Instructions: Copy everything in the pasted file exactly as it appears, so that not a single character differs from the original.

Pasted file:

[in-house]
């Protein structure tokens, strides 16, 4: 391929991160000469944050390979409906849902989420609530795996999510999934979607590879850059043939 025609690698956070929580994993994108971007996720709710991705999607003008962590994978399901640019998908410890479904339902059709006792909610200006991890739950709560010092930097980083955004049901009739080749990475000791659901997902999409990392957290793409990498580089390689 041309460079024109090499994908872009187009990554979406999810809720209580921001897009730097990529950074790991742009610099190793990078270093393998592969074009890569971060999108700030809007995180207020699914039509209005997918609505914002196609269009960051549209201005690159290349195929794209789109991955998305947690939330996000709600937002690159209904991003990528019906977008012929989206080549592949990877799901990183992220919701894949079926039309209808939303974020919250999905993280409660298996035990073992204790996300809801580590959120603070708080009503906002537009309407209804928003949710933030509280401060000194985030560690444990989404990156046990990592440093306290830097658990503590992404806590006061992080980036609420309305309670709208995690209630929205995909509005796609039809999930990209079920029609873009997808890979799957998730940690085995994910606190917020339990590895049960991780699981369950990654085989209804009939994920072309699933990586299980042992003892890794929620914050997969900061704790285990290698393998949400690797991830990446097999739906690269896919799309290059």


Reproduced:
[in-house]
């Protein structure tokens, strides 16, 4: 391929991160000469944050390979409906849902989420609530795996999510999934979607590879850059043939 025609690698956070929580994993994108971007996720709710991705999607003008962590994978399901640019998908410890479904339902059709006792909610200006991890739950709560010092930097980083955004049901009739080749990475000791659901997902999409990392957290793409990498580089390689 041309460079024109090499994908872009187009990554979406999810809720209580921001897009730097990529950074790991742009610099190793990078270093393998592969074009890569971060999108700030809007995180207020699914039509209005997918609505914002196609269009960051549209201005690159290349195929794209789109991955998305947690939330996000709600937002690159209904991003990528019906977008012929989206080549592949990877799901990183992220919701894949079926039309209808939303974020919250999905993280409660298996035990073992204790996300809801580590959120603070708080009503906002537009309407209804928003949710933030509280401060000194985030560690444990989404990156046990990592440093306290830097658990503590992404806590006061992080980036609420309305309670709208995690209630929205995909509005796609039809999930990209079920029609873009997808890979799957998730940690085995994910606190917020339990590895049960991780699981369950990654085989209804009939994920072309699933990586299980042992003892890794929620914050997969900061704790285990290698393998949400690797991830990446097999739906690269896919799309290059």